(capitalism), or the woman who has a child when she's 16 and ends up marrying an abusive and womanizing husband and who stays married to him because she has no way of supporting herself, and thinks too little of herself to do anything about it (patriarchy), or the black kid who never learns to love themselves because most of the people who could teach black people to love themselves were killed by the counterintellgence program of the US, and those of us who are left are either too young, or demonized, and so they look to white produced and controlled images for a sense of self that only leads to perpetual self destruction http://www.youtube.com/watch?v=5as5S6eyZhg (white supremacy).

In closing, really think about what YOU are doing to fight oppression and suffering.  I do all I can to advocate for those people who I feel comfortable advocating for, and to support those are are advocating for other oppressed people.  This isn't about individuals being racist, but an institution that is complicit in the oppression and suffering that is rampant through this society.  I do what I do out of love.  If you are not interested in finding out what happened to black people, and other aggrieved communities to put us where we are in this country, then you should exclude yourself from being considered a person who is interested in justice.  I always tell people that there are only two conclusions that can be drawn about the condition of black people in america.  Either u believe deep down that black people are just inferior (collectively) or there are some social phenomenon that is impeding the livlyhood of black people.  If you believe the latter, then u should be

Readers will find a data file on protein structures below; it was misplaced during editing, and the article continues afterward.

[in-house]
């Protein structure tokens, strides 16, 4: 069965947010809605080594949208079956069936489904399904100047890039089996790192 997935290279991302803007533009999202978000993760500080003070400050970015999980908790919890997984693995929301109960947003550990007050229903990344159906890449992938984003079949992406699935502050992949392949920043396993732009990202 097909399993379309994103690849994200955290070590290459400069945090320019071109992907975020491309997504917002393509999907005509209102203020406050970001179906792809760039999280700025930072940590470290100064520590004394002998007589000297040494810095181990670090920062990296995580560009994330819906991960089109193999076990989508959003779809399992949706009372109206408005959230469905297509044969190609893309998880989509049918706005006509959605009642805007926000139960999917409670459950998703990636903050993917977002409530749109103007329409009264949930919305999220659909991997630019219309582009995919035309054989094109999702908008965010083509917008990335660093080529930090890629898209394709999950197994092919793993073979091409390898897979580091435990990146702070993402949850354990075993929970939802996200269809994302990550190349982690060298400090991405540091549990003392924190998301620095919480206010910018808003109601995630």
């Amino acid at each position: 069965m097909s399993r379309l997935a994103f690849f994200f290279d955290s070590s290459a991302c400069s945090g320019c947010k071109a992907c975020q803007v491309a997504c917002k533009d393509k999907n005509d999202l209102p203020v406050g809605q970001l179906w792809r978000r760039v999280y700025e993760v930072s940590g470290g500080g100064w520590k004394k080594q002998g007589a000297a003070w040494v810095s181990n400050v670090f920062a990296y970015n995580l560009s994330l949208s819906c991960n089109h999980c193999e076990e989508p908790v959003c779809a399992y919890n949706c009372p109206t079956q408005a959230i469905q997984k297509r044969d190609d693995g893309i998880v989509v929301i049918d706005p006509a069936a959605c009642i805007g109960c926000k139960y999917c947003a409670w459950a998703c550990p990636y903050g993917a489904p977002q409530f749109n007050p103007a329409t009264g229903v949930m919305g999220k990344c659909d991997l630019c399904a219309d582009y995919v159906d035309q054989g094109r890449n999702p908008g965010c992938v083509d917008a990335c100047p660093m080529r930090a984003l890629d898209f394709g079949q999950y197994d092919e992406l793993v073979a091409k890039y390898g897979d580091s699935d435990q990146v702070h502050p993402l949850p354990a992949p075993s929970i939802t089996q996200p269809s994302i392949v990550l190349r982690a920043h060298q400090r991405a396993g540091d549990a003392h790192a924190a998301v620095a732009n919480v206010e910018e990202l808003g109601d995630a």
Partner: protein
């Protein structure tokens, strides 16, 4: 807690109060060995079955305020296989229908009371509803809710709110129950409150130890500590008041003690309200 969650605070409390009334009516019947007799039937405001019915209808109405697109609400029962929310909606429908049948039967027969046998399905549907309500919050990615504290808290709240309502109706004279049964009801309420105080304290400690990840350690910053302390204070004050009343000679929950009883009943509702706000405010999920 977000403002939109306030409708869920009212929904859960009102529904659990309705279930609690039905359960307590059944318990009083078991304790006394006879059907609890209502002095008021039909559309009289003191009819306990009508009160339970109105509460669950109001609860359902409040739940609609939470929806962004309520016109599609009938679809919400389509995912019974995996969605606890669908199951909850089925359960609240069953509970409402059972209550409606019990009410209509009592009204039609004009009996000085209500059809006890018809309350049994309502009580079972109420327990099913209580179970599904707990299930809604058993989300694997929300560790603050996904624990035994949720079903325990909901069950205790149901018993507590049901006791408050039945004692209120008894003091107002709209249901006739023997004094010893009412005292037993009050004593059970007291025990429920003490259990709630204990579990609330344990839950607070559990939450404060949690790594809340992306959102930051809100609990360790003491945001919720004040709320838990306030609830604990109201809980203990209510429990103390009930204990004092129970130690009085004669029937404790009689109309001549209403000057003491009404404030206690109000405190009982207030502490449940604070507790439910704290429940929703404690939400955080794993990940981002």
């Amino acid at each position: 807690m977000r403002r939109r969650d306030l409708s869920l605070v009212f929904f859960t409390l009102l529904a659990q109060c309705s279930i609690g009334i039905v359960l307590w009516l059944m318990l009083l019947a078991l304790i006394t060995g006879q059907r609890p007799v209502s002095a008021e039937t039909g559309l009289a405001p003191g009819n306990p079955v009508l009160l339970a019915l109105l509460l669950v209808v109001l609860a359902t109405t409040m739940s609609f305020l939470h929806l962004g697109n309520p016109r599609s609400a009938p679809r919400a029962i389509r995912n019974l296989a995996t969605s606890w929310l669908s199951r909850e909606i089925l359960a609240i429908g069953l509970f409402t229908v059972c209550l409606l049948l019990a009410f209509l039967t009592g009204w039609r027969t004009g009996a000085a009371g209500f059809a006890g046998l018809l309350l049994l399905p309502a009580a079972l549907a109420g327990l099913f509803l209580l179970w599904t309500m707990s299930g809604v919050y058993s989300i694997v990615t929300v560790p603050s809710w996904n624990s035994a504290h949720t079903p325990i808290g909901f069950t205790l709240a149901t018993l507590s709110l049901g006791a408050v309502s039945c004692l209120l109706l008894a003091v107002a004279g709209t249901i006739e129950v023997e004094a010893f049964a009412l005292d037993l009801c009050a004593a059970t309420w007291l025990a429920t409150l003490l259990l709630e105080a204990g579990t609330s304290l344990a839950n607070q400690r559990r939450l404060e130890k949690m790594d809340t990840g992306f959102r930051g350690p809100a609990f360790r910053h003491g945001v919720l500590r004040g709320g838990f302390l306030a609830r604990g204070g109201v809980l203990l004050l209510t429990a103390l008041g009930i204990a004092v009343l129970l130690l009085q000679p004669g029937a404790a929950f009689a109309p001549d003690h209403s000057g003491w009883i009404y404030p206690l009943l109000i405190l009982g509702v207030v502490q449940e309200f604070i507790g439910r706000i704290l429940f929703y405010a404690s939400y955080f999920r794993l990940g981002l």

asking yourself, what those are and how they manifest themselves.  If you believe the former, then I deserve all the antagonism that I have recieved recently.

"The hottest places in hell are reserved for those who are silent in times of injustice" - Dr. Martin Luther King Jr.


You rock. That's why Blockbuster's offering you one month of Blockbuster Total Access, No Cost.